As cinematography, ZERO DARK THIRTY delivers the goods by way of sidestepping tropes and clichés. Right from the opening darkness in which we listen to an audio montage of assorted emergency phone calls and news bites on 9/11/01—in lieu of revisiting the all too familiar images of jets ramming the twin towers in New York City, smashing into the Pentagon, and crashing into a field as passengers overwhelm the hijackers—we know this is going to be an altogether different film experience. Whether or not it is an accurate history lesson is altogether secondary—it claims only to be based upon the real events.
The film spans ten years, lingering at specific events and moving on, some of which were reported in the news, while others were strictly clandestine. Several early semi-graphic scenes of a prisoner being tortured (mildly) for information are not nearly as disconcerting as they might have been. The debate concerning whether such tactics are moral is too ridiculous to address.
All of the actors are convincing in their roles, and there is so much left unsaid in their expressions and body language concerning their personal feelings to the various happenings that it is often easy to forget one is watching a film. Jessica Chastain as “Maya” is perfect as a straight from school CIA officer whose entire brief career consisted of compiling information on Osama Bin Laden. It is her conviction, often in the face of floundering born of the frustration of her superiors, which drives the action. She survives two al-Qaeda attacks herself and when her superior is killed in another her mission becomes personal.
Thankfully Presidents Bush and Obama are seen briefly and only once each during television new conferences. Neither does Bin Laden appear as a major player, save for the few moments it takes the Navy SEALS to locate and dispatch him.
The audience is exposed to the changing winds of public opinion and bureaucratic pressure which drive Maya’s all consuming need to find and kill Bin Laden. Other CIA faces come and go, but she remains on target. Her frustration is displayed in so many ways, from her angrily standing up to her superiors who want her to back off, to writing the number of days that have lapsed since the location of Bin Laden’s compound to the eventual operation to assassinate him in bold red numerals on her boss’s office window.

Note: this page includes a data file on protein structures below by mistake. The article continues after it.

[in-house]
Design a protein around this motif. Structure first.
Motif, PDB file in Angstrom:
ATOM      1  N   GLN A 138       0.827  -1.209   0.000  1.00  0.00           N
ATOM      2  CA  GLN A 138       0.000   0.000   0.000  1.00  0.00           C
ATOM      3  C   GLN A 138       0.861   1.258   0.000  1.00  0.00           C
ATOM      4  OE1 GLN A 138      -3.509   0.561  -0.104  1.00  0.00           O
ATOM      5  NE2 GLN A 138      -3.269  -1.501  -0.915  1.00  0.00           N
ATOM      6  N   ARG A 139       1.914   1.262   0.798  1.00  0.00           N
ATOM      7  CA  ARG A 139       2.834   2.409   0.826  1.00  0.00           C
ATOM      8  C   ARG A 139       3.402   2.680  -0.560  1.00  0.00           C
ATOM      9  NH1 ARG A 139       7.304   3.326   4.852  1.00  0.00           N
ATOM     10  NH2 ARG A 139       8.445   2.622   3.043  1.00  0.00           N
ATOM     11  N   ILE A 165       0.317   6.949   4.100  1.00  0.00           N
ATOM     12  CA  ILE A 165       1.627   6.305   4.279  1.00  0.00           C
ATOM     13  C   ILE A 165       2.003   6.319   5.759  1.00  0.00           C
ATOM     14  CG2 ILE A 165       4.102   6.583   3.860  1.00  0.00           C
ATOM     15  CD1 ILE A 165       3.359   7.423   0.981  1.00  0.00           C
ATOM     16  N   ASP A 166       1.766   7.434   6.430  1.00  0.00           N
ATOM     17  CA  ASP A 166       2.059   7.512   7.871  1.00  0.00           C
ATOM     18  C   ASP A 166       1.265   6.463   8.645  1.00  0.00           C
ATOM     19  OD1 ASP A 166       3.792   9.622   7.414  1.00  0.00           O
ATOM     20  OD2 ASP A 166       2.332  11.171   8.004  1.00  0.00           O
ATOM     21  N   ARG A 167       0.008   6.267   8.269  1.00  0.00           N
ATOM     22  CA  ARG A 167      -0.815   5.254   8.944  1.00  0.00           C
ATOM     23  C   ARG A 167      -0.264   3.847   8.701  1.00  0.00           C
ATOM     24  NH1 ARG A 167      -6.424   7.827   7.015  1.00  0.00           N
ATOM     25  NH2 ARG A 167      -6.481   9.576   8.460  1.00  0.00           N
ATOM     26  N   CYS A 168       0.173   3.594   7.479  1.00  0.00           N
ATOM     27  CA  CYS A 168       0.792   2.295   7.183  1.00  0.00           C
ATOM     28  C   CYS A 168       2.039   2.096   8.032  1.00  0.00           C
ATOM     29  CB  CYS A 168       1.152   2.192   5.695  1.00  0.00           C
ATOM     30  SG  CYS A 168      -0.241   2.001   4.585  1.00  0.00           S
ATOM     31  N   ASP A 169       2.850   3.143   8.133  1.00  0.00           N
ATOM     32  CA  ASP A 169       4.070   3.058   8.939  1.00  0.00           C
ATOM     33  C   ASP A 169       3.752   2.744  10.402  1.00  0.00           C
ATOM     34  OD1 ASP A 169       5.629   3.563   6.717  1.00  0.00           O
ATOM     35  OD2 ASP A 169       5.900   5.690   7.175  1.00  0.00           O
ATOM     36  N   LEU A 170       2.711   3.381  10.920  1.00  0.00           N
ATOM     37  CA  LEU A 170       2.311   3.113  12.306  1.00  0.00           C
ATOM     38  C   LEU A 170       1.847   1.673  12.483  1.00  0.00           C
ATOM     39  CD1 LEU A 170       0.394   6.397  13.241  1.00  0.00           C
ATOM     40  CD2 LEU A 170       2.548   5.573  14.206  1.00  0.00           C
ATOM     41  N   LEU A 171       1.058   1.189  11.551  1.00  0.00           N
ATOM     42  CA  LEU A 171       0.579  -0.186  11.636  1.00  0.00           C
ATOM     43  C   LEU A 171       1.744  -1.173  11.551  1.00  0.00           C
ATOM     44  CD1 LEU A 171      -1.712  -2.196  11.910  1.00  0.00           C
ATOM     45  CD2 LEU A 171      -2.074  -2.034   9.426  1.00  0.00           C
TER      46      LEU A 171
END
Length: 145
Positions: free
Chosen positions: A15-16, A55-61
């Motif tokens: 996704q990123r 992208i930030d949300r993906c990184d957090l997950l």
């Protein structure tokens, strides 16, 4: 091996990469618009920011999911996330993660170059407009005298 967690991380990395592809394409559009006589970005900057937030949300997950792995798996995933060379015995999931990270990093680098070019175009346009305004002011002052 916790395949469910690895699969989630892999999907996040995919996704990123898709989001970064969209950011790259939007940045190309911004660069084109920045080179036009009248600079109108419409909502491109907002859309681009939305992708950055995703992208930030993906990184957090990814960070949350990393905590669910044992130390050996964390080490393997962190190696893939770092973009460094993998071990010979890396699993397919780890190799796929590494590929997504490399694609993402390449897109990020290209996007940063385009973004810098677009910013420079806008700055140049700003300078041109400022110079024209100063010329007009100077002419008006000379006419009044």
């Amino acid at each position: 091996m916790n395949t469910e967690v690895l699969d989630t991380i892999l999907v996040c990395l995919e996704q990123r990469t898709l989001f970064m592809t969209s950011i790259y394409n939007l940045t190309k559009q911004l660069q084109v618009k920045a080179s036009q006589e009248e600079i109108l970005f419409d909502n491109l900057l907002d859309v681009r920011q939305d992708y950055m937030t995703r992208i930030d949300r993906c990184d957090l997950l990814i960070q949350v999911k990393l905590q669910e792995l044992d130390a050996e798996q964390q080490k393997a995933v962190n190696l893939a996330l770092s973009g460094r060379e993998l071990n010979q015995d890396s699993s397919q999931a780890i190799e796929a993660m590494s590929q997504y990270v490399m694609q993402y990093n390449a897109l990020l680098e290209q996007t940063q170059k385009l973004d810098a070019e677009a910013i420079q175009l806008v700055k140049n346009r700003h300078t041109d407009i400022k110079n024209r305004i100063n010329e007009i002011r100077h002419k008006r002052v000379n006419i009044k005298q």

Appropriately the film ends on 5/2/11 shortly after the successful raid, much of which is shot in green “night vision” similar to the news clips depicting the event. The film makes no overt political statement nor does it engage the viewer to address the various issues the shifting political climate over that decade raised.
There is no bullshit romance to soften the story, no bravery in the face of impossible odds, no flag waving, no people behaving in unlikely ways. It is a straight forward story, believably told, of how a confessed name led to a face, led to a connection, led to the hunt for a courier, led to a fortified compound, led to the assassination of Bin Laden and the confiscation of his computers—all against the backdrop of mounting international al-Qaeda attacks. Whether or not all of the above really happened as portrayed, it’s a great film.
© Paul L. Bates 2013